A heart for horses
If there was the equivalent of a “Man of the Match” award for people we’ve met on our #Journey2 road trip so far, then Georgia, Mark and I all agree that Solly Motingoe would be our man.
Horse whisperer and community builder, Highveld Horse Care Unit Inspector Solly Motingoe.
Solly is an qualified inspector for the Highveld Horse Care Unit (HHCU) based near Meyerton, a rural area outside of Jo’burg. The HHCU cares for horses and donkeys, and the motto emblazoned on their vehicle doors and staff shirts is “Committed to the wellbeing and dignity of our equine friends.”
The reason we’re visiting today is because animal welfare is one of the portfolios supported by the Old Mutual Staff Payroll Giving Programme, where employees can choose to support various social causes with voluntary contributions from their monthly salary. The Old Mutual Foundation undertakes to match these staff donations rand-for-rand, thereby doubling the impact of their giving. Currently, there’re almost 2200 employees contributing R160 000 monthly, and last year the Highveld Horse Care Unit received R98 000 from these staff donations towards gelding 100 stallions and purchasing medical supplies.
Solly Motingoe in action with a community horse owner, calming an agitated horse that had got it’s hind leg tangled in a tethering rope.
One of the major outreach projects run by the HHCU is to prevent equine neglect or abuse among the communities in this area, but more importantly to educate animal owners about good equine care. This is where Solly work his magic. A quietly-spoken patient man, Solly and the HHCU team have worked hard in the Orange Farm area for the last eight years to build trusted relationships with the many owners who use the animals to pull coal-carts.
We get to see this trust in action because as we arrive at HHCU, Solly receieves an emergency call from a community horse owner asking for help with his injured horse. Before we know it, we’re heading into the township in a van towing a horse box which gives me an opportunity to ask questions along the way. I learn that in the past the community has been extremely wary of having their animals confiscated, as for many locals hauling coal-carts is their only form of generating income. So the HHCU has done some amazing work to get to this point, where owners now reach out for help for their animals.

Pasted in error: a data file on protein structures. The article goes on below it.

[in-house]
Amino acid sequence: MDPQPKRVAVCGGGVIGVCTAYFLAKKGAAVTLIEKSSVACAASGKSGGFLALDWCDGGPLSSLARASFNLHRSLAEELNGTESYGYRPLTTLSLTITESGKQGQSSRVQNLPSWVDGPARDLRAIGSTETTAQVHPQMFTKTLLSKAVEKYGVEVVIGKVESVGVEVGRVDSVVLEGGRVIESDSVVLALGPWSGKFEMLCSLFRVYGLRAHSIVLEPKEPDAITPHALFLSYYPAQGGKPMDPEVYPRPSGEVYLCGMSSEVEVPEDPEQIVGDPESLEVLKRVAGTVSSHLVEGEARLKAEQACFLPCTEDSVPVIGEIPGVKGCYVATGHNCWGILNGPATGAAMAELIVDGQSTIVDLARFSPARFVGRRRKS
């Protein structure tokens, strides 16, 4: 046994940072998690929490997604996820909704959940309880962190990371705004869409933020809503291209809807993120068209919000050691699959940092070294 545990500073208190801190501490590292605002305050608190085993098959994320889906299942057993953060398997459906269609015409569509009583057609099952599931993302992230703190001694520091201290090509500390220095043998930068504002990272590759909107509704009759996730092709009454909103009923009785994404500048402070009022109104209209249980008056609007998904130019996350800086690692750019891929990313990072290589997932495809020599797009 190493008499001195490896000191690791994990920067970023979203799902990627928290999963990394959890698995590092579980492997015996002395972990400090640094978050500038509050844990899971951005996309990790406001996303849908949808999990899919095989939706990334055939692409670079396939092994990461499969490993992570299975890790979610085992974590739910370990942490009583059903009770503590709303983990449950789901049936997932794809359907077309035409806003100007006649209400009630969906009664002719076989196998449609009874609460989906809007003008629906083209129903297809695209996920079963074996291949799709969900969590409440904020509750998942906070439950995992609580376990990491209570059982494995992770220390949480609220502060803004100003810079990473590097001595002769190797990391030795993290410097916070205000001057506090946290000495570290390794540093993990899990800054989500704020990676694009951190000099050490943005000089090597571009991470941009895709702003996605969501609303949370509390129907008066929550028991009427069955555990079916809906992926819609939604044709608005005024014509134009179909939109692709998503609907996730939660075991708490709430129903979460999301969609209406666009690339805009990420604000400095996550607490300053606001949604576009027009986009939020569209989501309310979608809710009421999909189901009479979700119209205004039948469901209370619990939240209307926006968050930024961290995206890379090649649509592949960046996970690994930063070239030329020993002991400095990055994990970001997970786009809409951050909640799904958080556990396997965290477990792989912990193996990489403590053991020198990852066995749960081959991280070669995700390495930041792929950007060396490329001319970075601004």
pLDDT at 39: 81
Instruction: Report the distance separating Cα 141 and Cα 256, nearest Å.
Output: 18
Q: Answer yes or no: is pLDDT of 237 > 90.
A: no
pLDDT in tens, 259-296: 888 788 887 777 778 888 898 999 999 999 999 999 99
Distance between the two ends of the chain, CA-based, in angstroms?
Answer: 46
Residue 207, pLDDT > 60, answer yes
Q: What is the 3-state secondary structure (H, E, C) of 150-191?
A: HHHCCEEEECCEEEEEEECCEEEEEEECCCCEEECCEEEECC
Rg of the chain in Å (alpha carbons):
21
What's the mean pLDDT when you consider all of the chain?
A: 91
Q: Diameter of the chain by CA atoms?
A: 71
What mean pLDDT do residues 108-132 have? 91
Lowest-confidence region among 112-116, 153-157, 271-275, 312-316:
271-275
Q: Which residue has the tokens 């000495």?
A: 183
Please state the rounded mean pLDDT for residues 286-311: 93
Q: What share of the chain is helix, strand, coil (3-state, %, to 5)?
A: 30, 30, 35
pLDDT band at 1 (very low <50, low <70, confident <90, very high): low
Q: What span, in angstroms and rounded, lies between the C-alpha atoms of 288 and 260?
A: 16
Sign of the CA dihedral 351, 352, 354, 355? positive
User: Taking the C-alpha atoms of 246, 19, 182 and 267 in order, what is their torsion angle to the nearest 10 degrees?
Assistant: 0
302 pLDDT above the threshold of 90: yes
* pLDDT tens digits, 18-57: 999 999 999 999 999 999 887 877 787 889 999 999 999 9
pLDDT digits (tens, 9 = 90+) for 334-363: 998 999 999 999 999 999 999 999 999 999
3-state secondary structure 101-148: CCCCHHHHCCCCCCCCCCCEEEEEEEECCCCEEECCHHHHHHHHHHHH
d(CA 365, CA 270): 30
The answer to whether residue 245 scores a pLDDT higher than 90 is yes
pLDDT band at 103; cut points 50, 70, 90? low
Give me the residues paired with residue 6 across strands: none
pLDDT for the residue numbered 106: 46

Later in the day, Solly takes us to a small coal yard and we meet owner Kamohelo Ramasimong (26) who lives in Small Farm. It’s taken three years for Solly to reach a place where Kamo now welcomes HHCU’s help and advice. “When I’m with them, I’m their friend,” Solly tells me, “I say to them, you and I have to work together on this horse’s health. I can access medicine but you must also meet me halfway. Together, we can do this.”
As we drive back in the afternoon, a coal-cart horse owner waves as he sees the HHCU van drive past. Everyone knows ‘Tata Solly’ in this community it seems, even the policeman waves as we drive past. Solly laughs and tells us that once he was given a R100 fine by this chap but now they’re good friends. That’s Solly for you, I thought.
Highveld Horse Care Unit, Project Manager for Outreach Nadia Saunderson. The HHCU also takes in retired thoroughbreds for adoption.(For those wondering, this horse is wearing protective gear to keep flies away from their eyes.)
And we’re off!
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